There’s nothing quite so breathtaking as seeing a glacier in real life. They soar into the sky, and can take your trip to new explorative heights. And best of all, they can be found all over the world.
Planning on visiting the South American continent? Located in the Los Glaciares National Park (which is magnificent within itself), the Perito Moreno Glacier is a Patagonian gem.
While jagged ice peaks form its top, you’ll also find many stunning ice caves within the glacier itself, some of which may be trekkable.
Say hello to the King of glaciers! With an area of over 8,100 square kilometres, Vatnajökull is the biggest glacier in Iceland and one of the largest in Europe.
It’s become such an important natural monument that in 2008, this glacier and its surrounds were officially declared a national park. Several volcanoes also lie beneath it.
The Juneau Icefield sports around 38 big glaciers, and Mendenhall is one of the most popular and impressive. Tours, shuttles and excursions all run regularly to Mendenhall, and best of all, it’s only about 13 miles from Juneau itself.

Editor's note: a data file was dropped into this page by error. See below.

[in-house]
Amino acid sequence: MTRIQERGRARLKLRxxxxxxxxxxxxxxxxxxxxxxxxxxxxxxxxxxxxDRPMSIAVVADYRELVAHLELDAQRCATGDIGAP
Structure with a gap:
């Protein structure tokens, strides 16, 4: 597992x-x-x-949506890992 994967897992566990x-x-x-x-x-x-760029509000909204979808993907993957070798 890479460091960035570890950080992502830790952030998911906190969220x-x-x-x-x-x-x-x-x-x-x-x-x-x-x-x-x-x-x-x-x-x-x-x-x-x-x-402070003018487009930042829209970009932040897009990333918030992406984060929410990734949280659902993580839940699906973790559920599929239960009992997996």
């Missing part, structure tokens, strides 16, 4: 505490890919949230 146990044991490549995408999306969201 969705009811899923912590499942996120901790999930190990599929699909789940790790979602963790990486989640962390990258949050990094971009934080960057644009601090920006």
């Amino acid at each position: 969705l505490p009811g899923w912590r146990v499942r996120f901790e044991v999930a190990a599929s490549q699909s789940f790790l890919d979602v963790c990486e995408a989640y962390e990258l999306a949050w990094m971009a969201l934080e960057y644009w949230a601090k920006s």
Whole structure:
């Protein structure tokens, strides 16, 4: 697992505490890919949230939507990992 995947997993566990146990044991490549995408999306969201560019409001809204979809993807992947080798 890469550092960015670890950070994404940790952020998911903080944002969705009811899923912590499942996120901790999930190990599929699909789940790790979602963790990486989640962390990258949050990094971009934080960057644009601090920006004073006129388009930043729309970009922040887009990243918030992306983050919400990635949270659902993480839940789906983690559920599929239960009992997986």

Joining a group or hiring a professional guide is the ideal way to explore this glacier.
Let go of your assumptions that Africa is all desert, heat and wildlife! Close to the summit of Mt. Kilimanjaro sits the Furtwängler Glacier, which once used to cover the mountain’s entire peak.
Sadly, this glacier, along with the others on Kilimanjaro, are disappearing fast and may even be gone as early as 2020. See it while it lasts!
Visiting New Zealand’s South Island and journeying to the west coast will allow you to take advantage of this glacial trip. The Franz Josef Glacier is easily accessible, with guided hikes, climbs, valley treks and ice cave walks available.
When you’re done, grab a ticket and take a dip in the Glacier Hot Pools, which can be found on Cron Street.
Ever wanted to ski down a glacier? Here’s your chance! Presena Glacier in Vermiglio offers beautiful skiing and glacier hiking experiences even in the springtime.
It sits at 3,000 metres above sea level and also offers more advanced skiers the chance to ski off-piste.
Stretching over 8 kilometres and running beneath Glossglockner, the shining Pasterze Glacier is Austria’s longest and one of its most attractive. Although it’s receding by around 10 metres each year, it’s still breathtaking to see up close.
An official ascent trail and the Glacier Railway make exploring Pasterze incredibly easy for travellers.
Antarctica is a vast land of white beauty and so it’s no surprise that the largest glacier in the world – at 400 kilometres long, 100 kilometres wide, 2.5 kilometres deep – can be found here in the continent’s east.
The Lambert Glacier is also one of the fastest moving glaciers on the planet, but good luck getting here. Harsh conditions make it very unlikely, though a tour to elsewhere in Antarctica is still entirely possible!